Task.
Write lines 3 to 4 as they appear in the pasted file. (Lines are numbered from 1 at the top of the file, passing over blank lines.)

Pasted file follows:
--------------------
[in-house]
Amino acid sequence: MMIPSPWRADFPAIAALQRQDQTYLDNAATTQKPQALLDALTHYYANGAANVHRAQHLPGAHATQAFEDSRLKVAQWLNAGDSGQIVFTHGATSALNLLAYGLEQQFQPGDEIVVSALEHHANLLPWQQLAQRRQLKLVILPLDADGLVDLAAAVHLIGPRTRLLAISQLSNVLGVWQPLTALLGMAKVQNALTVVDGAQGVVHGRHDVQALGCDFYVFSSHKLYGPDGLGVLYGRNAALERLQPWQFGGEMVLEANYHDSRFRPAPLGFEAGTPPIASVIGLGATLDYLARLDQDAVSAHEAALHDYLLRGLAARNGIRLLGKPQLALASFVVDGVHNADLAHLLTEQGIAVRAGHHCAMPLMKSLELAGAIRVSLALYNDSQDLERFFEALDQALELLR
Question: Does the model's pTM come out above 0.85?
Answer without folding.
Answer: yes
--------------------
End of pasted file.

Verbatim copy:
Question: Does the model's pTM come out above 0.85?
Answer without folding.